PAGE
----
verb (used without object)
to speak or shout derisively; scoff or gibe rudely:
Don’t jeer unless you can do better.
verb (used with object)
to shout derisively at; taunt.
to treat with scoffs or derision; mock.
to drive away by derisive shouts (followed by out of, off, etc.):
They jeered the speaker off the stage.
a jeering utterance; derisive or rude gibe.
(often foll by at) to laugh or scoff (at a person or thing); mock
a remark or cry of derision; gibe; taunt
1550s, gyr, “to deride, to mock,” of uncertain origin; perhaps from Dutch gieren “to cry or roar,” or German scheren “to plague, vex,” literally “to shear.” OED finds the suggestion that it is an ironical use of cheer “plausible and phonetically feasible, … but … beyond existing evidence.” Related: Jeered; jeering.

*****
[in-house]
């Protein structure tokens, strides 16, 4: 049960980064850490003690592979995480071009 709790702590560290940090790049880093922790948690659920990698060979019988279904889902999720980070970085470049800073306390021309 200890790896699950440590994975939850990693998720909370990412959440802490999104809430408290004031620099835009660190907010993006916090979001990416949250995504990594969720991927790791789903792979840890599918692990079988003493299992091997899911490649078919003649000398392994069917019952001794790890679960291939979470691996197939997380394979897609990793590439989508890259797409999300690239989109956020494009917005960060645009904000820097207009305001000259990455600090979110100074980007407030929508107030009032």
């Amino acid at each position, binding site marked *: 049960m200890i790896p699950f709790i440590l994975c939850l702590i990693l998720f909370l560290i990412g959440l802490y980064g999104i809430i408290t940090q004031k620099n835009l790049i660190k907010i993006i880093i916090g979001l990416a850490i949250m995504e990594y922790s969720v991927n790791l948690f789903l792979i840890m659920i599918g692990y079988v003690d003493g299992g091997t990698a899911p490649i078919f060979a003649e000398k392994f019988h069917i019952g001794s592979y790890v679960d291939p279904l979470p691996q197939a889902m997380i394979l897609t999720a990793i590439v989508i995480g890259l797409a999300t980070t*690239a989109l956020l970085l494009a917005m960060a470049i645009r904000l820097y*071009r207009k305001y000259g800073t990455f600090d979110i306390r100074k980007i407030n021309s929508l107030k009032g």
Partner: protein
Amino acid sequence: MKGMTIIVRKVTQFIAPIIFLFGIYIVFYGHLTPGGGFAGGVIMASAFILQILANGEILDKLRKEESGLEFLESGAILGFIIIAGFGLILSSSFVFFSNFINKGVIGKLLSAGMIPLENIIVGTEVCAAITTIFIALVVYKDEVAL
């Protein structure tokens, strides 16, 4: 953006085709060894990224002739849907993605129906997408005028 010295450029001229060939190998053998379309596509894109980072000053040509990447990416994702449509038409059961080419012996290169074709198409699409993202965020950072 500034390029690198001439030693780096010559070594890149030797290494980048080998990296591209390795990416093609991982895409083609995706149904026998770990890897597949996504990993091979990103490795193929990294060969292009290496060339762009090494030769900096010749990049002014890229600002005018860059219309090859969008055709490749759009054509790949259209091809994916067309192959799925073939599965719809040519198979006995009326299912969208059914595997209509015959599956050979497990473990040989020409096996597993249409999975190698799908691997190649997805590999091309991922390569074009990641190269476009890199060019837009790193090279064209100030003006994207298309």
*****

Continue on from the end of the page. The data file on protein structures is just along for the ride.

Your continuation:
1620s, from jeer (v.).
[jee] /dʒi/ interjection, verb (used with or without object), jeed, jeeing. 1. 1 .
personification of the perfect valet, 1930, from character in P.G. Wodehouse’s novels. A servant who appears in comic novels and short stories about the English upper classes by P. G. Wodehouse, a twentieth-century British author who spent most of his life in the United States.
/ˈdʒiːvzɪən/ adjective 1. of, relating to, or like the butler Jeeves, who was, in the fiction of P. G. Wodehouse, a master of tact, euphemism, and ingenuity
[jeez] /dʒiz/ interjection 1. (used as a mild expression of surprise, disappointment, astonishment, etc.) also jeeze, 1922, American English, euphemistic corruption Jesus. interjection (also jeez or Jeeze or jeeze or Jees or jees or jeezy-peezy or Jeezy-peezy) An exclamation of surprise, dismay, emphasis, etc; jeepers creepers [entry form 1923+, jeeze 1920+, jees 1931+, jeezy-peezy 1942+; […]